Sedentary 30.5 45.6 48.1 62.5 
Mean BMI (kg/m225.9 26.1 28.7 29.0 
BMI category (%)     
    Normal weight (18.5–24.9 kg/m247.3 47.8 28.5 25.4 
    Overweight (25.0–29.9 kg/m236.1 33.6 37.2 37.5 
    Obese (≥30 kg/m216.6 18.6 34.3 37.1 
Smoking (%)     
    Never smoked 44.8 45.6 48.6 51.5 
    Former smoker 27.6 23.7 30.9 27.5 
    Current smoker 27.6 30.7 20.5 21.0 
Cancer (%) 3.5 5.4 4.4 5.7 
Hypertension (%) 40.6 48.6 69.5 74.4 
Heart disease (%) 13.5 22.1 30.9 45.0 
Stroke (%) 0.6 1.9 3.1 8.4 
Aspirin use (%) 21.7 30.8 25.6 30.9 
No diabetes, not depressedNo diabetes, depressedDiabetes, not depressedDiabetes, depressed
n 7,032 2,278 453 262 
Mean age (years) 55.7 56.9 62.6 64.2 
Sex (%)     
    Male 40.0 28.4 43.5 28.6 
    Female 60.0 71.6 56.5 71.4 
Race/ethnicity (%)     
    White 87.9 83.1 75.9 72.9 
    Black/other 12.1 16.9 24.1 27.1 
Poverty:income ratio (%)     
    <125 16.6 26.1 31.5 36.1 
    125–399 61.6 59.8 52.0 54.1 
    ≥400 21.8 14.1 16.5 9.8 
Education (%)     
    <High school graduate 36.7 50.0 59.7 70.6 
    High school graduate 30.7 27.0 23.1 16.1 
    >High school graduate 32.6 23.0 17.2 13.3 
Marital status (%)     
    Not married 28.5 38.7 38.3 48.1 
    Married 71.5 61.3 61.7 51.9 
Physical activity (%)     
    Regular 17.3 13.3 9.1 8.4 
    Light 52.2 41.1 42.8 29.1 
    Sedentary 30.5 45.6 48.1 62.5 
Mean BMI (kg/m225.9 26.1 28.7 29.0 
BMI category (%)     
    Normal weight (18.5–24.9 kg/m247.3 47.8 28.5 25.4 
    Overweight (25.0–29.9 kg/m236.1 33.6 37.2 37.5 
    Obese (≥30 kg/m216.6 18.6 34.3 37.1 
Smoking (%)     
    Never smoked 44.8 45.6 48.6 51.5 
    Former smoker 27.6 23.7 30.9 27.5 
    Current smoker 27.6 30.7 20.5 21.0 
Cancer (%) 3.5 5.4 4.4 5.7 
Hypertension (%) 40.6 48.6 69.5 74.4 
Heart disease (%) 13.5 22.1 30.9 45.0 
Stroke (%) 0.6 1.9 3.1 8.4 
Aspirin use (%) 21.7 30.8 25.6 30.9 
Table 2—

HR of death from all causes and coronary heart disease according to diabetes and depression diagnoses in 1982

No diabetes, not depressedNo diabetes, depressedDiabetes, not depressedDiabetes, depressed
n 7,032 2,278 453 262 
Person-years of follow-up 59,934 18,616 3,371 1,703 
All-cause mortality     
    Deaths (n1,147 478 166 134 
    Mortality rate (per 1,000) 19.1 25.7 49.2 78.7 
    Hazard ratio (95% CI)     
Multivariate model 1 1.00 (reference) 1.34 (1.16–1.54) 1.96 (1.63–2.35)* 3.27 (2.66–4.01)* 
Multivariate model 2 1.00 (reference) 1.20 (1.03–1.40) 1.88 (1.55–2.27) 2.50 (2.04–3.08) 
CHD mortality     
    Deaths (n301 125 55 41 
    Mortality rate (per 1,000) 5.0 6.7 16.3 24.1 
    HR (95% CI)     
Multivariate model 1 1.00 (reference) 1.46 (1.09–1.95) 2.51 (1.81–3.47) 3.46 (2.41–4.96) 
Multivariate model 2 1.00 (reference) 1.29 (0.96–1.74) 2.26 (1.60–3.21)§ 2.43 (1.66–3.56)§ 
No diabetes, not depressedNo diabetes, depressedDiabetes, not depressedDiabetes, depressed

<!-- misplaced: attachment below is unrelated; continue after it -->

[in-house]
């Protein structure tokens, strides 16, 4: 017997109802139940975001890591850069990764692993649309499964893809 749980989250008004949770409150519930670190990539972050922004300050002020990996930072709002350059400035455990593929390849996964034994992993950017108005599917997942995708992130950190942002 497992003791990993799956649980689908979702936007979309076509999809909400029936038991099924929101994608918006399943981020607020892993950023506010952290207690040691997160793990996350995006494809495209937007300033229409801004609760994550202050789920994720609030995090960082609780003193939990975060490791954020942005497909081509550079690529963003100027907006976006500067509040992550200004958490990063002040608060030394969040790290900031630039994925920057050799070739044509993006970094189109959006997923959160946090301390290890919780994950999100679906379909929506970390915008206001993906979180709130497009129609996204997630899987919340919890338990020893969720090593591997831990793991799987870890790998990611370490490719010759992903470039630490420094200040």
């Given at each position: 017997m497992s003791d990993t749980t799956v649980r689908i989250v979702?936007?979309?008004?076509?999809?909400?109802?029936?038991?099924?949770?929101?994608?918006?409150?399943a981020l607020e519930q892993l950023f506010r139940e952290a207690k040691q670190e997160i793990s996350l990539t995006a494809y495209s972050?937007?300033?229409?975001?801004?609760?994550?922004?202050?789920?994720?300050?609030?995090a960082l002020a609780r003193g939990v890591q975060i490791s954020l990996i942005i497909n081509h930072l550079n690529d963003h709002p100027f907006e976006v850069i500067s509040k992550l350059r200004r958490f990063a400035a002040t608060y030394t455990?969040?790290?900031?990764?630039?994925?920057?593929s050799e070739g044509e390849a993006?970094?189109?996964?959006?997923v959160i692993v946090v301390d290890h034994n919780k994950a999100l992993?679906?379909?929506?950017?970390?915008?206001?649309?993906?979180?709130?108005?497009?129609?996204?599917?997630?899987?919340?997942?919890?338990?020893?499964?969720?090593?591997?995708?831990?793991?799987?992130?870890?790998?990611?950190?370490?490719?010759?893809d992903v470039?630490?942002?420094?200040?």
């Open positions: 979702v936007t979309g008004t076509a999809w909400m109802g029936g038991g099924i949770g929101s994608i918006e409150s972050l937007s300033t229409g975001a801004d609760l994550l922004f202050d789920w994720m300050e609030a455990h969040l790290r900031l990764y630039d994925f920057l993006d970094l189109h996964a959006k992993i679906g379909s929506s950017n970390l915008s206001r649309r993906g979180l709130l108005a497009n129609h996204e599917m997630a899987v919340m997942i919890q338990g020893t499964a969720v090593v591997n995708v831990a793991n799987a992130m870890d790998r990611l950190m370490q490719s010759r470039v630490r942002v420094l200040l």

n 7,032 2,278 453 262 
Person-years of follow-up 59,934 18,616 3,371 1,703 
All-cause mortality     
    Deaths (n1,147 478 166 134 
    Mortality rate (per 1,000) 19.1 25.7 49.2 78.7 
    Hazard ratio (95% CI)     
Multivariate model 1 1.00 (reference) 1.34 (1.16–1.54) 1.96 (1.63–2.35)* 3.27 (2.66–4.01)* 
Multivariate model 2 1.00 (reference) 1.20 (1.03–1.40) 1.88 (1.55–2.27) 2.50 (2.04–3.08) 
CHD mortality     
    Deaths (n301 125 55 41 
    Mortality rate (per 1,000) 5.0 6.7 16.3 24.1 
    HR (95% CI)     
Multivariate model 1 1.00 (reference) 1.46 (1.09–1.95) 2.51 (1.81–3.47) 3.46 (2.41–4.96) 
Multivariate model 2 1.00 (reference) 1.29 (0.96–1.74) 2.26 (1.60–3.21)§ 2.43 (1.66–3.56)§ 

Mortality rate was calculated with person-years of follow-up as denominator. CHD was defined by ICD-9 codes 410–414. Multivariate model 1 was adjusted for age in 1982 (years), sex, race/ethnicity (white vs. black/other), poverty:income ratio (<125, 125–399, ≥400%), education (<high school, high school, >high school), marital status (not married vs. married). Multivariate model 2 included additional adjustments for smoking (never, former, current), physical activity (light, regular, sedentary), BMI (<18.5, 18.5–24.9, 25.0–29.9, ≥30 kg/m2), aspirin use (yes vs. no), and comorbid conditions at baseline (cancer, hypertension, heart disease, stroke).

*

Comparison of diabetes, depressed vs. diabetes, and not depressed for model 1 significantly different (OR 1.67 [95% CI 1.30–2.14]).

Comparison of diabetes, depressed vs. diabetes, and not depressed for model 2 significantly different (OR 1.33 [1.02–1.74]).

Comparison of diabetes, depressed vs. diabetes, and not depressed for model 1 significantly different (OR 1.38 [0.89–2.12]).

§

Comparison of diabetes, depressed vs. diabetes, and not depressed for model 2 significantly different (OR 1.07 [0.67–1.71]).

L.E.E. is supported by Grant 5K08HS11418 from the Agency for Health Care Research and Quality, Rockville, MD.

Part of this work was presented at the 64th American Diabetes Association Scientific Sessions, Orlando, Florida, 4–8 June 2004.

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A table elsewhere in this issue shows conventional and Système International (SI) units and conversion factors for many substances.